By Jodi Magallanes
SOUTH BEND — Physicians, nurses, researchers and other healthcare personnel can have no distinction between their personal beliefs and their professional lives, Bishop Kevin C. Rhoades told a group of healthcare professionals on Oct. 26.
Bishop Rhoades addressed members of the medical community during and after a White Mass at Moreau Seminary Chapel. The Mass and subsequent address took place in observance of the Oct. 18 feast day of St. Luke. The actual feast day of the doctor, apostle, author and evangelist passed while Bishop Rhoades was in Rome for the canonization of St. André Bessette.
In a welcome statement before the Mass began, Dr. Walt Halloran lifted up the example of St. Luke as a physician who took on a spiritual role after being called to do so by Jesus. Halloran asked St. Luke, the patron saint of physicians, to provide the professionals present with “the wisdom, strength and humanity” to do their jobs in a spiritual manner.
During his homily, Bishop Rhoades added that healthcare workers are called to be the messengers of God’s hope.
“Today I want to emphasize that your work is more than a profession — it’s a vocation. You’re called to be the guardians of life … you’re called to be instruments of God’s holy power and God’s passion,” he said.
In the midst of a “growing culture of death,” Bishop Rhoades asked them to become countercultural and to give their patients the best care possible, “with utmost respect for their dignity, with respect for the Church and with respect for life.”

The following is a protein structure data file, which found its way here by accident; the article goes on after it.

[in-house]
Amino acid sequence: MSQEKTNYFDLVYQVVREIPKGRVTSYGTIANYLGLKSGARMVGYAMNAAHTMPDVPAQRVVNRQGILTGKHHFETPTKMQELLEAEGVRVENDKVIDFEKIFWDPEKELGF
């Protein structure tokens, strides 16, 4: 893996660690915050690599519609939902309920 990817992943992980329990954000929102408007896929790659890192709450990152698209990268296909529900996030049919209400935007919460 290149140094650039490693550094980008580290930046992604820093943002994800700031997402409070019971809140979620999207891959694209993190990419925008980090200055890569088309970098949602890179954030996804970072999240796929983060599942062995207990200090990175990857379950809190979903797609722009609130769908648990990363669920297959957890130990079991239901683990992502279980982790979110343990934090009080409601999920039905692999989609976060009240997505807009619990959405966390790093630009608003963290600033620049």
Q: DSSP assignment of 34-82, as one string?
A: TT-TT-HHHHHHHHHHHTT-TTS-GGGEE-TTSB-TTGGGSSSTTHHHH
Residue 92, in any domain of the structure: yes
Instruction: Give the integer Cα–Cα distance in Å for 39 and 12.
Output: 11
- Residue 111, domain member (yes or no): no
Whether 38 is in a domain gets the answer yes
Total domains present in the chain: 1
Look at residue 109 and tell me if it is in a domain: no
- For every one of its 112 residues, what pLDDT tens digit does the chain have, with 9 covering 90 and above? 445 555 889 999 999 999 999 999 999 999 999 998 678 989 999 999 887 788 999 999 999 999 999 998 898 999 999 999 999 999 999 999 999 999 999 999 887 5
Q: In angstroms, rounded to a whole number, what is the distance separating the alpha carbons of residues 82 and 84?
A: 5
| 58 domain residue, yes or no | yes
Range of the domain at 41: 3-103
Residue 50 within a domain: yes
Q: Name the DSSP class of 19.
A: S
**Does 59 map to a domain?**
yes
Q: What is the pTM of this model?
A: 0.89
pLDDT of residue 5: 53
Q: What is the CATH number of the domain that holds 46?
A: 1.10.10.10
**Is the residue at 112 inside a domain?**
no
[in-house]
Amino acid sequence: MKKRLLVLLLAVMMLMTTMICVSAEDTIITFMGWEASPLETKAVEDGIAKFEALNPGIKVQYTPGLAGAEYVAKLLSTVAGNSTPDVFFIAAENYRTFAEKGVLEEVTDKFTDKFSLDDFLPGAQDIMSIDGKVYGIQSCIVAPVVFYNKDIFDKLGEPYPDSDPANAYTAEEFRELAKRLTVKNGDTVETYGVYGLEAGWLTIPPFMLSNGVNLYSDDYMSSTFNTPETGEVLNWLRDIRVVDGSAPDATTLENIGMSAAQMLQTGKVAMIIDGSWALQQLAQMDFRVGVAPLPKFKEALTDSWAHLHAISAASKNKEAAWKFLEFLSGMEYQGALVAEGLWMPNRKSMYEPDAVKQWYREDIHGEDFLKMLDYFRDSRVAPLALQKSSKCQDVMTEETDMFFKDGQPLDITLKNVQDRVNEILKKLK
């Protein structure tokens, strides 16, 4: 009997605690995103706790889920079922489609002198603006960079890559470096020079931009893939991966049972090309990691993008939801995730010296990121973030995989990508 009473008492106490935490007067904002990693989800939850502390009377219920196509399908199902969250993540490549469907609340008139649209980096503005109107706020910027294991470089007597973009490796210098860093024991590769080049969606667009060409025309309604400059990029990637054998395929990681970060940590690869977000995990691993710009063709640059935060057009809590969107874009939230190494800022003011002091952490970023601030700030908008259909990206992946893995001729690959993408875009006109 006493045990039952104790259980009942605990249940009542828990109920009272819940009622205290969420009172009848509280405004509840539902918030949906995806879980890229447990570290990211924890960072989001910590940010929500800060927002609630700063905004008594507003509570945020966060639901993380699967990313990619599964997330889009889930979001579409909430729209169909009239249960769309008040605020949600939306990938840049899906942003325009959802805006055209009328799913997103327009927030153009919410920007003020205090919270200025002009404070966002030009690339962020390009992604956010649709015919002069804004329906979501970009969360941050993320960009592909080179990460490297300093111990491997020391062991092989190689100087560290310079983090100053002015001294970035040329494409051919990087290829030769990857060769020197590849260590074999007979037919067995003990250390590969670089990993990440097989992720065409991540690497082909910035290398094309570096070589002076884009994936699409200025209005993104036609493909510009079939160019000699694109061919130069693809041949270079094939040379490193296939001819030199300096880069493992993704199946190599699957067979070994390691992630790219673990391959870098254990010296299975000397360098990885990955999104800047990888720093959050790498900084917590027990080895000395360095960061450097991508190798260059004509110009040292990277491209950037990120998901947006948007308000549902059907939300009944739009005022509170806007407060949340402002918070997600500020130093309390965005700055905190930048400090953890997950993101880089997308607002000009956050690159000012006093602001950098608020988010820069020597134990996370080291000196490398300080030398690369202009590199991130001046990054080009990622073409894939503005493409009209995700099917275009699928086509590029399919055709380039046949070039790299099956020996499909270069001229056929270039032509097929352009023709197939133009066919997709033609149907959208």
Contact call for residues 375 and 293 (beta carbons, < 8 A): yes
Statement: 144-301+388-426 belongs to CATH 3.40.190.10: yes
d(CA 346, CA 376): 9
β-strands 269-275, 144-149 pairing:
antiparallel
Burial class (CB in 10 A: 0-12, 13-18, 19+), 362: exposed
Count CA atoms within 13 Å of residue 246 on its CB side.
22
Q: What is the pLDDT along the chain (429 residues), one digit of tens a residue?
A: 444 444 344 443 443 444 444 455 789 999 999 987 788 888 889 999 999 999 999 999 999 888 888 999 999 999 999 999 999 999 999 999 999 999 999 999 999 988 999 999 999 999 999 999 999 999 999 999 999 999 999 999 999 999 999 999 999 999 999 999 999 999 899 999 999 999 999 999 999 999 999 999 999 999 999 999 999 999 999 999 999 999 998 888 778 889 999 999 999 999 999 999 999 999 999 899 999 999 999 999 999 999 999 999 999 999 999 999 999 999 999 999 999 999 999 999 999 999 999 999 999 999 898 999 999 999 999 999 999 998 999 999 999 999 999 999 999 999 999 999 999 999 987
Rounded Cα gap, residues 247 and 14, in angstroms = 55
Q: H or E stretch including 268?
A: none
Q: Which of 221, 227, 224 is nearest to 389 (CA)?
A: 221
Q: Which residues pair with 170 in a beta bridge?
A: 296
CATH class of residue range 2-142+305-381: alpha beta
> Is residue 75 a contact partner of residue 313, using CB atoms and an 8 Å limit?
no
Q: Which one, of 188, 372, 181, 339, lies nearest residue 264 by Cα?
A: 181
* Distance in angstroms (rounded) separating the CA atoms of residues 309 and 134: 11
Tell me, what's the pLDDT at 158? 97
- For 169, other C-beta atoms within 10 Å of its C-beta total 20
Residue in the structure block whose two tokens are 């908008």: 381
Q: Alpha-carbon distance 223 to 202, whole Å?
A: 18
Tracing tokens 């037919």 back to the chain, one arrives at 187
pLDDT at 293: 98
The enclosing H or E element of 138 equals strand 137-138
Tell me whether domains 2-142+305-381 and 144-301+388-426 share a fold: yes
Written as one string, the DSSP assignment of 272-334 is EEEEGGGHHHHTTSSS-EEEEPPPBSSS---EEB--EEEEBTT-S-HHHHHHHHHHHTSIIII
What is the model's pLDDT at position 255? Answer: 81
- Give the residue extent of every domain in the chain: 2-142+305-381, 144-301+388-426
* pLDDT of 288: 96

During a brief presentation after the Mass, Dr. Jose Bufill traced the history of the medical profession back to the first time people started caring for those afflicted by infection instead of simply abandoning them.
“We have inherited their vocation. Now we have more tools at our disposal,” he noted — but as Catholics we also “have the responsibility to respond to the pessimistic view that humans are not loved by God.”
Bishop Rhoades stated that the vocation and mission of healthcare workers is to guard and to serve life. He called them to see their patients not as clinical cases, but as neighbors, brothers and sisters, reminding them that the Church associates their profession with the work of Jesus Himself.
Several Church documents, including Pope John Paul II’s encyclical, “Evangelium Vitae,” also require of healthcare workers that they be guided by the Church’s teachings — including those on moral ethics.
“I cannot emphasize enough how important it is that our Catholic healthcare workers study and know these documents. We are not the arbiters of anyone’s life or death. God is the sole breath of life,” he said. “The Church needs you in your profession to bear witness to the sanctity of life.”
Kathy Hawley of South Bend said she has attended the White Mass several times because she enjoys worshipping with other professionals who share her goal. She first learned about the special Mass when her former healthcare employer was asked to participate.
Hawley came again this year, she said, because “you as the healthcare worker, you are that person who brings that special peace to people who are suffering. It’s nice to be recognized for that, and get a new energy to keep on doing it.”
Bishop Rhoades served on United States Conference of Catholic committees that address health care and sanctity of life issues.
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